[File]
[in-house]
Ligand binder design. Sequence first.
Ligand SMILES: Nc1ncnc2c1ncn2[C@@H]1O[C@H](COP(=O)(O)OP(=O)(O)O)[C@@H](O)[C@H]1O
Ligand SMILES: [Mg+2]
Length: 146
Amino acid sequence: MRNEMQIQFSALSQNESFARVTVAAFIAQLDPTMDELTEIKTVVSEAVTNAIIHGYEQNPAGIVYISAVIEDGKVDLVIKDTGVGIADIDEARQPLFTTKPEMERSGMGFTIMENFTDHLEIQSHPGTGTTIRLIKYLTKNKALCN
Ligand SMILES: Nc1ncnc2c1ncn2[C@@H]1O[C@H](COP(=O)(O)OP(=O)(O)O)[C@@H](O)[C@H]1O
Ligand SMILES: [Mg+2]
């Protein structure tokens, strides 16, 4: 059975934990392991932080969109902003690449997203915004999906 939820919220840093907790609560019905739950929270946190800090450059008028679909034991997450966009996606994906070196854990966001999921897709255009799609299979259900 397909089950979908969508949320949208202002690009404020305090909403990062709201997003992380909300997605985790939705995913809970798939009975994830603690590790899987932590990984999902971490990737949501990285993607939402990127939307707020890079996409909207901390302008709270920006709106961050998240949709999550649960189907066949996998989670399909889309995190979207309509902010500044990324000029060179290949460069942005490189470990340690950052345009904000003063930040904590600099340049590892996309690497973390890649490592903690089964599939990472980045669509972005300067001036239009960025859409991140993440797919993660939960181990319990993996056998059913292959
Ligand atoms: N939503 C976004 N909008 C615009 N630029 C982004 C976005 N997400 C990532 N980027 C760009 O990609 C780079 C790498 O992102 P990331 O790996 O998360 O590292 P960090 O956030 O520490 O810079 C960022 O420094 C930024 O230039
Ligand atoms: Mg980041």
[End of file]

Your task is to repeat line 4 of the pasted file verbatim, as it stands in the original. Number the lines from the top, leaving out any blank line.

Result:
Ligand SMILES: [Mg+2]